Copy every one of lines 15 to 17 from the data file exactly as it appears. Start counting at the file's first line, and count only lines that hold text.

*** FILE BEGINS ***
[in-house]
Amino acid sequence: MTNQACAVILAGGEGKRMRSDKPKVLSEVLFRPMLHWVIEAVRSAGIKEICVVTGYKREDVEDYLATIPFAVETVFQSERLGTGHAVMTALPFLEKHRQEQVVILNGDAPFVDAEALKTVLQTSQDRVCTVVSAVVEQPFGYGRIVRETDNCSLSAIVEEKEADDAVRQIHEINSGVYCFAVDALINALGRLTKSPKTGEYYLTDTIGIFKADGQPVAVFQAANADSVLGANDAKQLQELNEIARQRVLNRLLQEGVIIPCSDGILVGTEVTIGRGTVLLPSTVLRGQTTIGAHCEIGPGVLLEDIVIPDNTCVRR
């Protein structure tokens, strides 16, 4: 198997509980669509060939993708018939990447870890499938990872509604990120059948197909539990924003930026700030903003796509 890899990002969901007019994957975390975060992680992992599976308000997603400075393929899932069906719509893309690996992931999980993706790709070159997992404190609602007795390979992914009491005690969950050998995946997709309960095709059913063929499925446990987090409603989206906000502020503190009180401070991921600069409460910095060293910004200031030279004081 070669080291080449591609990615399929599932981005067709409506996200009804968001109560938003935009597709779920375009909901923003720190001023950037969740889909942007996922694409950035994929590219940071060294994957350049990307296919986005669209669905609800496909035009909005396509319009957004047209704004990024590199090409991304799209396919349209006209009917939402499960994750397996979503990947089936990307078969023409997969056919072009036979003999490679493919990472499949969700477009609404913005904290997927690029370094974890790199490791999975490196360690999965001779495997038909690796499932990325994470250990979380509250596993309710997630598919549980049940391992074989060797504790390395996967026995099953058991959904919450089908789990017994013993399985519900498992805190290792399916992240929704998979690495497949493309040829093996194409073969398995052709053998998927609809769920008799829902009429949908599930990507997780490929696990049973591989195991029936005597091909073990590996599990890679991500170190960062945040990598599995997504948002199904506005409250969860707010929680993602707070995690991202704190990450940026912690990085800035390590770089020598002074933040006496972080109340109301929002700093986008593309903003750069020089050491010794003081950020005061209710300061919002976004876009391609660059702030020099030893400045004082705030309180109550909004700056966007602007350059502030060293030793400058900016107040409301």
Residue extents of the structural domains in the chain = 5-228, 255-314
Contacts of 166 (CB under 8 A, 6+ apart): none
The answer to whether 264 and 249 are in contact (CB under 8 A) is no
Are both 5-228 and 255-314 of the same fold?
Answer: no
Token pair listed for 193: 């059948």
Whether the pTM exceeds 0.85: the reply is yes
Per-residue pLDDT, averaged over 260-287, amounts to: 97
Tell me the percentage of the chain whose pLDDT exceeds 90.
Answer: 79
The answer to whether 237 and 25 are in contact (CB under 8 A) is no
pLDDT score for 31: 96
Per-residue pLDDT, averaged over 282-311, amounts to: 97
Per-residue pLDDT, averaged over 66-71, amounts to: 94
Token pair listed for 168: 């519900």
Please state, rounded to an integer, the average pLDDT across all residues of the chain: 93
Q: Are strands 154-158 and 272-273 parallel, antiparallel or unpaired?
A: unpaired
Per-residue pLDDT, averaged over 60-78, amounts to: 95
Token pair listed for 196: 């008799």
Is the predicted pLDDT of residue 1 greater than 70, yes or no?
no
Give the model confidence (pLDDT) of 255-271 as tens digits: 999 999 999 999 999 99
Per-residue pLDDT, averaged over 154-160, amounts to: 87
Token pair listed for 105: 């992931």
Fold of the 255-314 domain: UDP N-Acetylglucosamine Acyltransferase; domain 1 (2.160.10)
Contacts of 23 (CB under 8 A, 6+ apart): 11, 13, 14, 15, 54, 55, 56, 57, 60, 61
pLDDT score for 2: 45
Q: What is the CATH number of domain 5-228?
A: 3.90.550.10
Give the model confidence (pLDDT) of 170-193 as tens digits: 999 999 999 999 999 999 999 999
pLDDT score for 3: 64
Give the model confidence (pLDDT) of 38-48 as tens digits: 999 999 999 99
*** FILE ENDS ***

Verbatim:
pLDDT score for 31: 96
Per-residue pLDDT, averaged over 282-311, amounts to: 97
Per-residue pLDDT, averaged over 66-71, amounts to: 94